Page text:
For each subject and fMRI run, the realigned, normalized, and smoothed time-varying MRI signals within the ROIs previously defined and listed in Table 1 were band-pass filtered (0.01–0.1 Hz frequency bandwidth); then, the Pearson product-moment correlation coefficient was used to calculate the cross-correlation between signals in different ROIs. The Fisher transform was used to normalize the step distributed correlation coefficients, Rij, of the functional connectivity matrix. Thus, the probability density function of the normalized cross-correlation coefficients, ρij, was approximately Gaussian, allowing us to analyze the statistical significance of the functional connectivity matrix across subjects using standard statistics (t-tests). Normalized cross-correlation coefficients with Pc<0.05, corrected for multiple comparisons (Bonferroni correction for 351 comparisons), were considered significant in group analyses of functional connectivity.
Ratings of fullness, discomfort, hunger, and desire for food, collected during the empty and full balloon conditions were averaged across fMRI runs, independently for GD1 and GD2 and for each subject; the rating datasets corresponding to 4 subjects were lost due to data acquisition problems. For GD1 and GD2, the rating of fullness was significantly higher for the full condition than for the empty condition (P<0.0002; paired t-test; Fig. 2). There were no statistically significant differences in other rating variables between full and empty conditions. There were no significant correlations between BMI and none of the rating variable.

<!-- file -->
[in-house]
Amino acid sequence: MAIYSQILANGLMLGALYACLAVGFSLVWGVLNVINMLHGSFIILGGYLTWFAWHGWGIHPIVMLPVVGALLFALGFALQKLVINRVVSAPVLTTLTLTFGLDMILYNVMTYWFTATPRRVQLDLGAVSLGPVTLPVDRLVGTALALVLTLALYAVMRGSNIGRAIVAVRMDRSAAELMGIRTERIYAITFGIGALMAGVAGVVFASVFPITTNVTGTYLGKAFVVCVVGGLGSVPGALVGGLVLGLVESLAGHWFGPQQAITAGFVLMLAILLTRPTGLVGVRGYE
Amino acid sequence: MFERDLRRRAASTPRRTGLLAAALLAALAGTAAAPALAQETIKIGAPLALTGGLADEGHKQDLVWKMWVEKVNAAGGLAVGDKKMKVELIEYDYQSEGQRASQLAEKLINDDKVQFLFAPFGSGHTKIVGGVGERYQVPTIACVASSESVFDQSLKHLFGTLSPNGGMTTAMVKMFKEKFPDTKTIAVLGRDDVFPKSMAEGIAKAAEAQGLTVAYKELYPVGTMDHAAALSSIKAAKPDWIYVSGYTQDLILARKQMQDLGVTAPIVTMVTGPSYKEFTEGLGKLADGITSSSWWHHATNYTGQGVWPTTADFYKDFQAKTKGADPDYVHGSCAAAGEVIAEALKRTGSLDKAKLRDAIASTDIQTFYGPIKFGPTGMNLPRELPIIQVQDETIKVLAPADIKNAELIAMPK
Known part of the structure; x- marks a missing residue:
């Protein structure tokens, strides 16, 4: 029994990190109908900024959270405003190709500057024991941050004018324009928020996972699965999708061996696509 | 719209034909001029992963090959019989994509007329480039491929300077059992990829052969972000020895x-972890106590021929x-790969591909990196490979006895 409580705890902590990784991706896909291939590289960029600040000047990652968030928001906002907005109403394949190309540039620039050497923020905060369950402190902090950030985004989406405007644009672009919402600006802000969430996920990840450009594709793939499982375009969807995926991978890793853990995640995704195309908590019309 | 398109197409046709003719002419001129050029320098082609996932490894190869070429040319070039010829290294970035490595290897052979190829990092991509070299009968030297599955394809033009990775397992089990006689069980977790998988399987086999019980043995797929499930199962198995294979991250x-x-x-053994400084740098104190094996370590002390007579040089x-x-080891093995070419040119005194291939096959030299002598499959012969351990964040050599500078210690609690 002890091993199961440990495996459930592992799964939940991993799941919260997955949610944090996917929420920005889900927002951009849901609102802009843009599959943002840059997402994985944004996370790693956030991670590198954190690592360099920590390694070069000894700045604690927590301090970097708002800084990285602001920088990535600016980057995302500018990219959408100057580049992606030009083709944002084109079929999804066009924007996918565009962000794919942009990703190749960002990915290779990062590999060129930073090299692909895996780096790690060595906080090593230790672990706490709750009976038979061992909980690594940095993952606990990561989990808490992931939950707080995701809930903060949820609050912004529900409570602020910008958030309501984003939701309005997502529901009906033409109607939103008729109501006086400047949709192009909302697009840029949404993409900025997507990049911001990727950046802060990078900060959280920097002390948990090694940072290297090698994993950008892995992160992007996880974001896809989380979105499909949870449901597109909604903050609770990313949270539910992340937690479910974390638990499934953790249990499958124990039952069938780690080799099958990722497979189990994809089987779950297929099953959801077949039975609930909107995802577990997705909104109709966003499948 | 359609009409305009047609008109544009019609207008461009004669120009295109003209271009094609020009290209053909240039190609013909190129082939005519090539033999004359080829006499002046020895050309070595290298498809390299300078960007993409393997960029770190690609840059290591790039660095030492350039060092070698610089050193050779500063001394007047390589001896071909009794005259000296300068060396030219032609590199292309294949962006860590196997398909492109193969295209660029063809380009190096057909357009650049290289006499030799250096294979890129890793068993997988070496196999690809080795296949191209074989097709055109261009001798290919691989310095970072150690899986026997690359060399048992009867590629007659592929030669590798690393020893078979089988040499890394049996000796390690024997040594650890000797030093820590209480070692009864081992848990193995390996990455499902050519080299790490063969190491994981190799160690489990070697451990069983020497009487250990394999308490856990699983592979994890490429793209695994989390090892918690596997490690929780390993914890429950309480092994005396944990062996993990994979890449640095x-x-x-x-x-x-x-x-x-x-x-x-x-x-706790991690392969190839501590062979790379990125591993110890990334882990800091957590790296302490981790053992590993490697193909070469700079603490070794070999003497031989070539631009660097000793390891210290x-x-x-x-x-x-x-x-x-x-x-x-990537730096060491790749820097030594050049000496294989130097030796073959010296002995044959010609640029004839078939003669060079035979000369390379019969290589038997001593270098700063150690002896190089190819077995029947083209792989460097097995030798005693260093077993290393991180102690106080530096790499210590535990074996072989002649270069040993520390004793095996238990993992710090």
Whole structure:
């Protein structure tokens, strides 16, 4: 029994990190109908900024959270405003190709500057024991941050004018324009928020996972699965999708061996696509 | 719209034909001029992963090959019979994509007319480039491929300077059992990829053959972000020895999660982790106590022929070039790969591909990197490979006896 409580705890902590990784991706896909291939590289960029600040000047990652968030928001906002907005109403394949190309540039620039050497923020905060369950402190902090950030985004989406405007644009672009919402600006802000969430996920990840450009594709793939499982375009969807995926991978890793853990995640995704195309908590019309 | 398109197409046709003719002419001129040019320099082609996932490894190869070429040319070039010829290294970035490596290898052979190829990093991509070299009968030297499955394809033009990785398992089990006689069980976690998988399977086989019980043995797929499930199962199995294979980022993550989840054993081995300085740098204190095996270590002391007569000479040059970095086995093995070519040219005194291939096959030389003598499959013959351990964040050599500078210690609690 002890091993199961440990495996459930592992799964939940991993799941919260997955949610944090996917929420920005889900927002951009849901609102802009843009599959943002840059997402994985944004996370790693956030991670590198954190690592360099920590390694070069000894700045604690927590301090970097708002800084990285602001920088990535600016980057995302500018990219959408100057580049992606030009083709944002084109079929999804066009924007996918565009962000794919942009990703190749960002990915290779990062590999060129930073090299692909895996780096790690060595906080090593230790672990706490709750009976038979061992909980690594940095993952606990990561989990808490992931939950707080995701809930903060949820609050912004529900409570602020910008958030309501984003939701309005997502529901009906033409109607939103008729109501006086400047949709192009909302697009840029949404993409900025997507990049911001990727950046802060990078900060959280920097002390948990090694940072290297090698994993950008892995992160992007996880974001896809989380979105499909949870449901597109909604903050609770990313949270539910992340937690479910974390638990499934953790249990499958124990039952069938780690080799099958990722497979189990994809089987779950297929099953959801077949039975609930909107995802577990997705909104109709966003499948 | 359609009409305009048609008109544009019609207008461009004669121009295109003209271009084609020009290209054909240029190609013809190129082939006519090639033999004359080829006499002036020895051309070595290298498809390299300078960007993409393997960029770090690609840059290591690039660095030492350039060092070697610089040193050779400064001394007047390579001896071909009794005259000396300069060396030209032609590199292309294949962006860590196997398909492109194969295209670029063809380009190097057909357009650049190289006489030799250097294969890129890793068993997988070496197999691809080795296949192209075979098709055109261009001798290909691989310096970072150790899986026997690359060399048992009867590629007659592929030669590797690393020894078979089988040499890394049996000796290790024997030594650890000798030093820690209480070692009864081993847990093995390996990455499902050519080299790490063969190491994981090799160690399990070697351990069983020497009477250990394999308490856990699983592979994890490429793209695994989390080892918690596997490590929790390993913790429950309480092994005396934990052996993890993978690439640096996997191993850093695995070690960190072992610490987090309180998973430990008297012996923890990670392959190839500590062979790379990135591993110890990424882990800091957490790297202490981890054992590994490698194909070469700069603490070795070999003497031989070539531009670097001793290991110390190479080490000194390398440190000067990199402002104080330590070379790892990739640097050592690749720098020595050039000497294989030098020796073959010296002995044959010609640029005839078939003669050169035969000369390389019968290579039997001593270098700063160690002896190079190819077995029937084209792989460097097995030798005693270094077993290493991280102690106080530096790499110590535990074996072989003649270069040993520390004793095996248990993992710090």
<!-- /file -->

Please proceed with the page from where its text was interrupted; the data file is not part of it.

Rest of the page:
fMRI: Brain activation
Two subjects did not tolerate the 700 ml balloon distention paradigm (2 GD2 runs per subject); only the GD1 runs were included in the analysis for these subjects. One GD1 dataset and one GD2 dataset were lost due to technical problems. Therefore, a total of six fMRI runs were not completed; thus, 47-GD1 and 43-GD2 fMRI runs were included in the analyses. The GD paradigm (conjunctive analysis of GD1 and GD2) caused bilateral activation in insula, left inferior and superior parietal, and left prefrontal cortices, left precuneus, left amygdala and right cerebellum [Pcorr<0.001, corrected for multiple comparisons using the family-wise error (FWE) threshold p = 0.05; Fig. 3 top panel]. This activation pattern is similar to that reported in our prior study for GD1 and a smaller sample that did not include obese subjects . Furthermore, the conjunctive analysis of GD1 and GD2 revealed negative BOLD responses (brain deactivation) to GD bilaterally in caudate, anterior cingulate, parahippocampal, and lingual gyri, as well as inferior and superior frontal gyri and left cerebellum (culmen). Brain activation/deactivation changes resulting from increased balloon volume (from 500 to 700 ml) were not statistically significant in any brain region.
Top panel: Statistical maps showing regions with significant brain activation (red-yellow) and deactivation (blue-green) during gradual GD. Bottom panel: correlations between BMI and BOLD-fMRI responses in the brain during gradual GD. Threshold for statistical significance: Pcorr<0.05 corrected for multiple comparisons using the family-wise error (FWE) correction. Sample: 24 healthy controls. Data from all 47 GD1 and 43 GD2 fMRI runs were included in SPM2 multiple regression analyses. Activation/correlation patterns reflecting the effect of volume were not significant in any brain region.